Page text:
MIAMI (AP) -- It's not often the coaches on the sidelines get
more attention than the players on the field.
Then again, it's not often Bobby Bowden and Joe Paterno play
Try as they might, the two winningest coaches in major college
history can't hide from the hype. Even their players know where the
attention will be when No. 3 Penn State and No. 22 Florida State
meet Tuesday night in the FedEx Orange Bowl.
"For somebody to say it's not a big deal, I think they'd be
lying," Florida State running back Lorenzo Booker said. "This is
like a once-in-a-lifetime deal, and it's not going to happen for
another century. We won't be alive, because you have to coach a
long time to do what these guys have done.
"It's something you can tell your grandkids," Booker added.
"That you actually played for the guy that won the most and played
against the guy that was second on the list."
At 79 and 76, respectively, Paterno and Bowden are the
patriarchs of the college coaching profession. Bowden has the most
victories with 359, while Paterno is right behind at 353. They're
both in their 40th year as head coaches, with Paterno spending all
of his time at Penn State and Bowden in his 30th season in
They've become good friends through the years, traveling
together with their wives at coaching seminars in the offseason.
Despite all that, they rarely play each other. Only seven times
in 40 years, and the last meeting was way back in 1990. Paterno, by
the way, has won all but one of their meetings.
"I'm going to look across the sidelines and say 'That's
JoePa,"' Seminoles running back Leon Washington said. "I'm just
proud to be a part of it. I can tell my son or my daughter that I
played in that game. I can tell my grandkids that I played against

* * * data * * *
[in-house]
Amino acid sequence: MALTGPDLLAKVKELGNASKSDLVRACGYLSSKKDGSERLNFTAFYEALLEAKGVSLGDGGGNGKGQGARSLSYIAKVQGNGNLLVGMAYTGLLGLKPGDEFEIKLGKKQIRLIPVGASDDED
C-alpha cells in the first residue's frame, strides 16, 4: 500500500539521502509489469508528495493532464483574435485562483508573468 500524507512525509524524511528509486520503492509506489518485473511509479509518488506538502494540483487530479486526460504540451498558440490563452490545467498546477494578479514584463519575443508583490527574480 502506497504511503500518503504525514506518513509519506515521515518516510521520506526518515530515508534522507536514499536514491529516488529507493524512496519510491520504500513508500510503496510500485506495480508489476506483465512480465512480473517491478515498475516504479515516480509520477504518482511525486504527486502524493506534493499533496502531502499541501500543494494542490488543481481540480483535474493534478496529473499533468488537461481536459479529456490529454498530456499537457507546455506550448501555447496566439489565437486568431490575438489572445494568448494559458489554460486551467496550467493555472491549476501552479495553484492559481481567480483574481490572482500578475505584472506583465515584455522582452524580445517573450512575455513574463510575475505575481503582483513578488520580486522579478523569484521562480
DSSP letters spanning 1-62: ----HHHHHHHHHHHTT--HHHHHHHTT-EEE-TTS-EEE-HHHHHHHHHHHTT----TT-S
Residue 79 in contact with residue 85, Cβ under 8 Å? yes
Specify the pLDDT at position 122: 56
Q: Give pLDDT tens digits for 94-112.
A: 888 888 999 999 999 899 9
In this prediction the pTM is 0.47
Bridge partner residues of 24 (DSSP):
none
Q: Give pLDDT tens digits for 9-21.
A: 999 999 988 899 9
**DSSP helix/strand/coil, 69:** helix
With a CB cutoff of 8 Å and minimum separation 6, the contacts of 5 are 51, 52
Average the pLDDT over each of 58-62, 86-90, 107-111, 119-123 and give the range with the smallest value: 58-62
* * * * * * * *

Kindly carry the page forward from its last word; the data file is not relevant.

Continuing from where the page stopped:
See, it's that kind of talk that makes Bowden and Paterno
cringe. Ever since their Orange Bowl matchup was announced last
month, the two coaches have been trying to deflect the attention
from themselves. They realize their rare meeting is a point of
interest, but they want the focus to be on the players.
Both teams have struggled lately, and winning this game would
bring a measure of redemption for each.
"I don't look at it as something personal," Paterno said
Monday. "All I wanted to do was make sure everyone knew that we
have a good football team."
But that's part of what makes this matchup so special.
For decades, Paterno and Bowden's programs were among the best
in college football. Bowden's team finished in the top five every
year from 1987 to 2000, and he won two national titles during that
run. Paterno's 1982 and 1986 teams were national champs, and four
other squads were unbeaten. He had one losing season in his first
34 years of coaching.
The last few years have been tough for both teams, though, and
winning this game would show an old coach hasn't lost his touch.
After Penn State's fourth losing season in five years, there was
a growing chorus of fans and alums calling for Paterno to step
aside. But the Nittany Lions rebounded with a 10-1 record, their
best season in a decade, and earned a trip to their first marquee
bowl since 1996.
"The thing about great teams is if you don't finish the story,
it ain't going to be a story that's going to be remembered,"
cornerback and tri-captain Alan Zemaitis said. "We go out with a
loss, it's going to feel like everything we did, in essence, was
nothing. We brought a lot of stuff back. But for our seniors, for
the young guys, we've got to go out with a win."
Though the Seminoles haven't had a losing season since 1976,
Bowden's first at Florida State, they've lost 15 games in the last
four years _ two more than they did in all of the 1990s. This year,
they lost three straight for the first time since 1983, and were
out of the Top 25 for the first time in four years.
But the Seminoles (8-4) closed the season with an upset of
then-No. 5 Virginia Tech in the ACC Championship. Beating Penn
State would make it two victories in a row over top-five teams, and
three this season.
"People won't remember the small little losing streak that we
had. They wouldn't think that the game we had against Virginia Tech
was a fluke," receiver Willie Reid said. "I think it would put an
exclamation point on the whole season and be a good way to start
the new one."
For those that pay attention, that is. Most people just care
about the coaches.
"I am Exhibit B, Joe is Exhibit A. That's all we are." Bowden
said. "There's a game in there somewhere."